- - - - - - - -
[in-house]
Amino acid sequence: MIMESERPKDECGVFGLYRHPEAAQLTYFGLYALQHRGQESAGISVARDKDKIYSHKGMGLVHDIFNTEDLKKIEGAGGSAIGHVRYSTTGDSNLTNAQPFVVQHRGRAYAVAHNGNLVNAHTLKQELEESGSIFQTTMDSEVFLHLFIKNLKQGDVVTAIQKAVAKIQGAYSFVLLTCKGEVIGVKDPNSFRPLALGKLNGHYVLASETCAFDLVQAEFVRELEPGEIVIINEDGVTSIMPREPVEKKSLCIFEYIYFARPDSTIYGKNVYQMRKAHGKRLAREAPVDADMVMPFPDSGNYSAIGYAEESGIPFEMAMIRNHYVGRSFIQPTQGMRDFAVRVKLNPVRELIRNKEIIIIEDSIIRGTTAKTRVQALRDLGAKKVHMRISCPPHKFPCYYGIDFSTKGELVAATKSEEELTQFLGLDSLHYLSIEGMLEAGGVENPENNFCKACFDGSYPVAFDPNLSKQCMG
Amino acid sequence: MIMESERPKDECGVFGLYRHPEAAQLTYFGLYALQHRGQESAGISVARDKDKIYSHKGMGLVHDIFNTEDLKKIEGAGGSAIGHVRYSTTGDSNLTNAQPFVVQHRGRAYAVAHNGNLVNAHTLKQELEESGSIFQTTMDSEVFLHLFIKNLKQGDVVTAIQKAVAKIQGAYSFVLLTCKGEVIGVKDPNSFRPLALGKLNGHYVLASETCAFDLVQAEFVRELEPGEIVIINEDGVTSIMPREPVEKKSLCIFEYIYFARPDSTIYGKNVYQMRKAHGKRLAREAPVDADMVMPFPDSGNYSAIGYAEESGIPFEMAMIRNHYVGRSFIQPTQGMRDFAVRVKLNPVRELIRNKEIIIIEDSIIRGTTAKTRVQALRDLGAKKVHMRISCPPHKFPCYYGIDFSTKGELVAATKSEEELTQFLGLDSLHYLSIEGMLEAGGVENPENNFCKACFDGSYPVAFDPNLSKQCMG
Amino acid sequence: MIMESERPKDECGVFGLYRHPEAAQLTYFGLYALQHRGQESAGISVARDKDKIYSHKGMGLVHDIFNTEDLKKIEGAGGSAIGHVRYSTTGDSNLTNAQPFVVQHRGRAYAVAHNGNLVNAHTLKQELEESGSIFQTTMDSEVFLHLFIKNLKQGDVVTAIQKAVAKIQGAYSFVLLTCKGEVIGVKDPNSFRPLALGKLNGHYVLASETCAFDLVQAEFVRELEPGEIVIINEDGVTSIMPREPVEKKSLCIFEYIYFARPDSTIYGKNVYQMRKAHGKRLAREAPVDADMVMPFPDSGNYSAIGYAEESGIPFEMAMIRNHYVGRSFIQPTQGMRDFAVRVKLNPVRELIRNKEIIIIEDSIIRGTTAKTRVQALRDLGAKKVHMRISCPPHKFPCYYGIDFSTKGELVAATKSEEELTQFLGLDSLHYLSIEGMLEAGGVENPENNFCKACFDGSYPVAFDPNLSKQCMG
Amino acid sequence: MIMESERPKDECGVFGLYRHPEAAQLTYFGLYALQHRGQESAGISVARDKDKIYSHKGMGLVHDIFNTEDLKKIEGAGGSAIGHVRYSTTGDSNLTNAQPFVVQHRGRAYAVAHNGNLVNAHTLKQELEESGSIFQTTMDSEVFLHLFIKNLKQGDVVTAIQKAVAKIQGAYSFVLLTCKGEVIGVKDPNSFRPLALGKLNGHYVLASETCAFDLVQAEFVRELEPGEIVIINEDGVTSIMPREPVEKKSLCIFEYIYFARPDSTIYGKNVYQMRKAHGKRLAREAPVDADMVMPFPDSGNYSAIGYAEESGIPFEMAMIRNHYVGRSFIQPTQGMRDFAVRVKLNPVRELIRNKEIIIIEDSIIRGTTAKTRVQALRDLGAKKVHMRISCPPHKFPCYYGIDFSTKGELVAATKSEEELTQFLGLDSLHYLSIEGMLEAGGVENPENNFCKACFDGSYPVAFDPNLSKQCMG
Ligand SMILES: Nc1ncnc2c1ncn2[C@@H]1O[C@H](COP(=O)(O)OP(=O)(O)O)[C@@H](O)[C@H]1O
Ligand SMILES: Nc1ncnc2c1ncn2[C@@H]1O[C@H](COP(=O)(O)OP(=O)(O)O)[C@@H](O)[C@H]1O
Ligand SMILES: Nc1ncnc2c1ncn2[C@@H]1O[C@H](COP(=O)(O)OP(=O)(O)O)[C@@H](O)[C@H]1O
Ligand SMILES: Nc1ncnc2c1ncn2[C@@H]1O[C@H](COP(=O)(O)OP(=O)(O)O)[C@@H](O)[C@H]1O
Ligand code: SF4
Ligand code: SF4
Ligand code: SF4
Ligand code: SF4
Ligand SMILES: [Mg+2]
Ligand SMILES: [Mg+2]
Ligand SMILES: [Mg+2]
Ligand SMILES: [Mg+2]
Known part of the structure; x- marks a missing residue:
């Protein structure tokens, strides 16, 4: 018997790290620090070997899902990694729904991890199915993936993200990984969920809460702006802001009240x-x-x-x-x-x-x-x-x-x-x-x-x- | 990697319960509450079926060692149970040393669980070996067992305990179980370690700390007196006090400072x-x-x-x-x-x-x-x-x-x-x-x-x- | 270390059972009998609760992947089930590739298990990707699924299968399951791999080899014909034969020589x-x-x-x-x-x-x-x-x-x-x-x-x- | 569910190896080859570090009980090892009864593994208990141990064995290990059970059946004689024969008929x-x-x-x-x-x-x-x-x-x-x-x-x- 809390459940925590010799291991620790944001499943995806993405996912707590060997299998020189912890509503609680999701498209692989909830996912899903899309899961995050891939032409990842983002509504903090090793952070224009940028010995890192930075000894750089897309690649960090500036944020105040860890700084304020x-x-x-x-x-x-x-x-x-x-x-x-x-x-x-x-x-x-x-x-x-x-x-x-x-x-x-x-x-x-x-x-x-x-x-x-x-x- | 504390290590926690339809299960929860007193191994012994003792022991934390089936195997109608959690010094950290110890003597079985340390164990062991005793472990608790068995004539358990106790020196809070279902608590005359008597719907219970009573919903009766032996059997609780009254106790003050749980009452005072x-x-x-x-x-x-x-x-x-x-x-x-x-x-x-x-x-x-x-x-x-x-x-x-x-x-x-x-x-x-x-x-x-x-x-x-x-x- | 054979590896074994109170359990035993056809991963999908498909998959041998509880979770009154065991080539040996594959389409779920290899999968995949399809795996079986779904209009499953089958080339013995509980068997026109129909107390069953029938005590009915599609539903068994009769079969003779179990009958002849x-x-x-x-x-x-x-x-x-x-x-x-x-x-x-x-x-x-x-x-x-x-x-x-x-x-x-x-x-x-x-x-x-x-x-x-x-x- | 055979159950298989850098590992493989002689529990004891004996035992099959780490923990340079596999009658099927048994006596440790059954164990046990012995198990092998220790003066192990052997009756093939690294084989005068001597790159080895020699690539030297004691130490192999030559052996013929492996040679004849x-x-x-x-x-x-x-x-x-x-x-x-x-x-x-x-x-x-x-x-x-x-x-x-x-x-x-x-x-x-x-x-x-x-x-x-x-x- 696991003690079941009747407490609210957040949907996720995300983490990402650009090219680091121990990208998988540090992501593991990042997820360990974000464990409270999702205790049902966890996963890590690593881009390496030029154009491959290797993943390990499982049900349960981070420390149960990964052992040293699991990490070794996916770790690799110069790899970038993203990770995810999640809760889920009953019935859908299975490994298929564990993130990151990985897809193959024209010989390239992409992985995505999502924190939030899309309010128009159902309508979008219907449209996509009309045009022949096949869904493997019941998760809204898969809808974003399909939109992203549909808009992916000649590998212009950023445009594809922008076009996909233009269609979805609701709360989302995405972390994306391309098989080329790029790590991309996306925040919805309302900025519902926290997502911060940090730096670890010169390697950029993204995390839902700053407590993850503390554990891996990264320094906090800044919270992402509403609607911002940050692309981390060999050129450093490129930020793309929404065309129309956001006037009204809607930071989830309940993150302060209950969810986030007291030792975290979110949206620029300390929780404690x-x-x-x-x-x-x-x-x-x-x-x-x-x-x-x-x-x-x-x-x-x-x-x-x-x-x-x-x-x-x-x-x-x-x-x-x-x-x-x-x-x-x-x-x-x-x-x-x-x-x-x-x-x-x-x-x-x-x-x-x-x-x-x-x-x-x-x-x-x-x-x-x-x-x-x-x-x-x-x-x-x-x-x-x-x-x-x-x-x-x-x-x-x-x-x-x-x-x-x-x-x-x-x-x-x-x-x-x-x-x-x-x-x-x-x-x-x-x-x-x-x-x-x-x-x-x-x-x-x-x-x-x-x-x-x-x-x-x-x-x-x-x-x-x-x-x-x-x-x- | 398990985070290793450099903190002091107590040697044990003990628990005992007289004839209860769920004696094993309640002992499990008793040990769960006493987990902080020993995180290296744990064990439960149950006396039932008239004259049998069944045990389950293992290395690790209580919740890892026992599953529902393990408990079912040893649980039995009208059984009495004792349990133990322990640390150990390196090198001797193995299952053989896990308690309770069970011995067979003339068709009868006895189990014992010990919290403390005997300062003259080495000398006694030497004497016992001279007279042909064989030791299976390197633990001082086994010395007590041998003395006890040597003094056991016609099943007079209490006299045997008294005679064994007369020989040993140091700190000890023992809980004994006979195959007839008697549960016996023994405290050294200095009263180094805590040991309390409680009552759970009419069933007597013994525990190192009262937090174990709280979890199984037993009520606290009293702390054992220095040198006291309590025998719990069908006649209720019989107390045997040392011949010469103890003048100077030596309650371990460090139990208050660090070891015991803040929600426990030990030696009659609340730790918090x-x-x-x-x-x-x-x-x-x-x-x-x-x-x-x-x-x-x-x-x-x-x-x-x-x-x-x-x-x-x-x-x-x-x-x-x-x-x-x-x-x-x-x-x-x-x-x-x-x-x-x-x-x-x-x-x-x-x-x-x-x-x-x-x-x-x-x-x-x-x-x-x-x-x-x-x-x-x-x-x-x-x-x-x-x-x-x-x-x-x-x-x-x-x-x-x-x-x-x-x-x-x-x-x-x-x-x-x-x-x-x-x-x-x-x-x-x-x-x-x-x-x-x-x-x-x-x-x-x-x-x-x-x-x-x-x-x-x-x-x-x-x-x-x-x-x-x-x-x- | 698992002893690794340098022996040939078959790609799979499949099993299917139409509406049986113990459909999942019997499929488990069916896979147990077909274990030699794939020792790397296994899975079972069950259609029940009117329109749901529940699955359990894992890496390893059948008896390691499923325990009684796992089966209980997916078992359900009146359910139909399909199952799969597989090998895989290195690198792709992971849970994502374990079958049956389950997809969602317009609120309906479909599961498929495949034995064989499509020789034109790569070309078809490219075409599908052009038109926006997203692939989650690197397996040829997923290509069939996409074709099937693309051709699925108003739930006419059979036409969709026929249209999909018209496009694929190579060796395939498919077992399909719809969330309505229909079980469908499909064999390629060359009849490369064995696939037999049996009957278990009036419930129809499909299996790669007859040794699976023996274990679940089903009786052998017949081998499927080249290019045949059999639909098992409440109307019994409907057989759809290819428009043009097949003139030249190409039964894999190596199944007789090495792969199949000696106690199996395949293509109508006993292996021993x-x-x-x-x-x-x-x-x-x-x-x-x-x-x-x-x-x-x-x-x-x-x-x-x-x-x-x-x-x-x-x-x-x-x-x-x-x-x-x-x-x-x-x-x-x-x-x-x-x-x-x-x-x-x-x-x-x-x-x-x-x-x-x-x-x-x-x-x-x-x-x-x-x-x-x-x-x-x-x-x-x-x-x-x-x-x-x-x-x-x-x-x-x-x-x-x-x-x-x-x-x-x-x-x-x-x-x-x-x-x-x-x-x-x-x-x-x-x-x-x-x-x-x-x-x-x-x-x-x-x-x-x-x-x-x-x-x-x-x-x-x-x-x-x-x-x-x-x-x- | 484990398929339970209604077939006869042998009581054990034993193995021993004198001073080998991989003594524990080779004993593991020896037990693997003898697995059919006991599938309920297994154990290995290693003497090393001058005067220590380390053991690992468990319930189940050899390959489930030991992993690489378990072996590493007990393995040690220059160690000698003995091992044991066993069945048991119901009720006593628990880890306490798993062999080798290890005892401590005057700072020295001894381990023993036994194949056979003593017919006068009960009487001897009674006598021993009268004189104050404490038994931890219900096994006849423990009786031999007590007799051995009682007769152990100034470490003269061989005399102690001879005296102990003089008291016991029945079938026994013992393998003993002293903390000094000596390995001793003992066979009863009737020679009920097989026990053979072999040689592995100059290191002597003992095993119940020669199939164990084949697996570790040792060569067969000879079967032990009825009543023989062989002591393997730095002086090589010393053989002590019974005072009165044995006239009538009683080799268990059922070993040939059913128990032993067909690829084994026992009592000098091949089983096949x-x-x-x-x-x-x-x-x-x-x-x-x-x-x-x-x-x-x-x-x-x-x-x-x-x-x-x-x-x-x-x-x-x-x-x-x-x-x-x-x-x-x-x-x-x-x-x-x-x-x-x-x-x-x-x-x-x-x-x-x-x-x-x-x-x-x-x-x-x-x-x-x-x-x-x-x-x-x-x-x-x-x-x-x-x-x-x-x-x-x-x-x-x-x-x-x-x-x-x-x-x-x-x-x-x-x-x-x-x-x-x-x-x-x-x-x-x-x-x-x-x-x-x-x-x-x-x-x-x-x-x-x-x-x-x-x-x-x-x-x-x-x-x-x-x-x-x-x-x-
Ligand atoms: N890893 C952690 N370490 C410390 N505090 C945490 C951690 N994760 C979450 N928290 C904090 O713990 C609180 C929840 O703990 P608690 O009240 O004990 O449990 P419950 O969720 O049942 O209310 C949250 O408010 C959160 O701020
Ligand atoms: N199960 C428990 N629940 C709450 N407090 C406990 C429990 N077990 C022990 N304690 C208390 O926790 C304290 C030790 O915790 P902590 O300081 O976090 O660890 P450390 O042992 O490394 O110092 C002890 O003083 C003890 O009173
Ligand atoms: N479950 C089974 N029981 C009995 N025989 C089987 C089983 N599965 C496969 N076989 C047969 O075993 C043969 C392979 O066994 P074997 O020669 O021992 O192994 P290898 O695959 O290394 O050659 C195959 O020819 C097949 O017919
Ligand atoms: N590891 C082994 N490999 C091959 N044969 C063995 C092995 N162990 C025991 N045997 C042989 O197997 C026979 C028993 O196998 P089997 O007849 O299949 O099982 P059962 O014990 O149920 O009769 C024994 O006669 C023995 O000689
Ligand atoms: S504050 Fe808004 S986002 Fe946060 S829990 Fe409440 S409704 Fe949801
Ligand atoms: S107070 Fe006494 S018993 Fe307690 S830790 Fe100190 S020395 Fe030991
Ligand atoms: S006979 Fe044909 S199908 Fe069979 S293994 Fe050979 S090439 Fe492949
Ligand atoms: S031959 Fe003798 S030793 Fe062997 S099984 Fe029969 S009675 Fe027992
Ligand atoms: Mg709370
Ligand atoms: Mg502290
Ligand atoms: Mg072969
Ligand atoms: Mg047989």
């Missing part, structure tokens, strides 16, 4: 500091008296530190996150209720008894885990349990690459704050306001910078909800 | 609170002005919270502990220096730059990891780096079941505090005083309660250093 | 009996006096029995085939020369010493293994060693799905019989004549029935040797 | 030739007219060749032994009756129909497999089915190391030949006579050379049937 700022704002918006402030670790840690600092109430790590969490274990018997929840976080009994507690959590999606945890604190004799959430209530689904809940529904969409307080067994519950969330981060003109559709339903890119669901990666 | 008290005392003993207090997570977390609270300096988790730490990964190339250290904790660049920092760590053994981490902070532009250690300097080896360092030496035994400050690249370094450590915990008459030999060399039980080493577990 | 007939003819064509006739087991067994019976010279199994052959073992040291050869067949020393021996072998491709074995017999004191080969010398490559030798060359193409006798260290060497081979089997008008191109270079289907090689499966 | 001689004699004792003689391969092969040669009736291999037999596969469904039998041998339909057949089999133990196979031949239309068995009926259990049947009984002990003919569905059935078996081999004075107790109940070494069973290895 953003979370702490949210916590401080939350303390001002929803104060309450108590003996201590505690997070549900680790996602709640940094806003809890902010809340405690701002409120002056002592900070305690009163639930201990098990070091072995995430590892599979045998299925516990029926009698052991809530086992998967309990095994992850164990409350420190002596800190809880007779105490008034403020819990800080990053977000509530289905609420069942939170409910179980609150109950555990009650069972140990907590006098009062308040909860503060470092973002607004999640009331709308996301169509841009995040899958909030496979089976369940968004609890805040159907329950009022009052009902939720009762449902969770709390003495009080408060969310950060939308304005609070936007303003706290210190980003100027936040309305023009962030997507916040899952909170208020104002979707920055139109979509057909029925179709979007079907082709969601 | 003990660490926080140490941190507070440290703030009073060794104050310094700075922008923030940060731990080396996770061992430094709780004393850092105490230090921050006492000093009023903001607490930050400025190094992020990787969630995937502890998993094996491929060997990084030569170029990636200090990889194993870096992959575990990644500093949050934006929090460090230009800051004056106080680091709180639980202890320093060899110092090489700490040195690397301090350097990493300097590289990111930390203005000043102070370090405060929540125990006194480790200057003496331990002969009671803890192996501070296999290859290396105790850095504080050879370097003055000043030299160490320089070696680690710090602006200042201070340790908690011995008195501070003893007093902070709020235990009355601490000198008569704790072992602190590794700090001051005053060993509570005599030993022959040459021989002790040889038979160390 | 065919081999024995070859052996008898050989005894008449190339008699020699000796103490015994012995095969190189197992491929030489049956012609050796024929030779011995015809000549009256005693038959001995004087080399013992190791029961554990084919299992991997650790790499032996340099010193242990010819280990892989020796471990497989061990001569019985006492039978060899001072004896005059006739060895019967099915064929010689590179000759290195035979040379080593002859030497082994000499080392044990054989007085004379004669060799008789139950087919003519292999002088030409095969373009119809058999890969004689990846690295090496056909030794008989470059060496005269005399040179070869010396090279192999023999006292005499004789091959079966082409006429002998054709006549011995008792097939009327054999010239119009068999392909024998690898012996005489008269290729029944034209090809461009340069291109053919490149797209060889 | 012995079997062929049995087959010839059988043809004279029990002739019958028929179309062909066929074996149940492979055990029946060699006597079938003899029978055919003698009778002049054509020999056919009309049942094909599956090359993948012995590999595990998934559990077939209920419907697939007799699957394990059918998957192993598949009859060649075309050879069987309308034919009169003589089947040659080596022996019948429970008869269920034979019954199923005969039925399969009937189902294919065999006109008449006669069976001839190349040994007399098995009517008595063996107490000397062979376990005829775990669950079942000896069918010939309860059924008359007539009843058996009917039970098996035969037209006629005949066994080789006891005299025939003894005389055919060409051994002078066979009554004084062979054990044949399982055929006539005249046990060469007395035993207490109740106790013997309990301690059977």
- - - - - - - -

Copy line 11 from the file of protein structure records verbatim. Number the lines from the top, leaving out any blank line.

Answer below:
Ligand code: SF4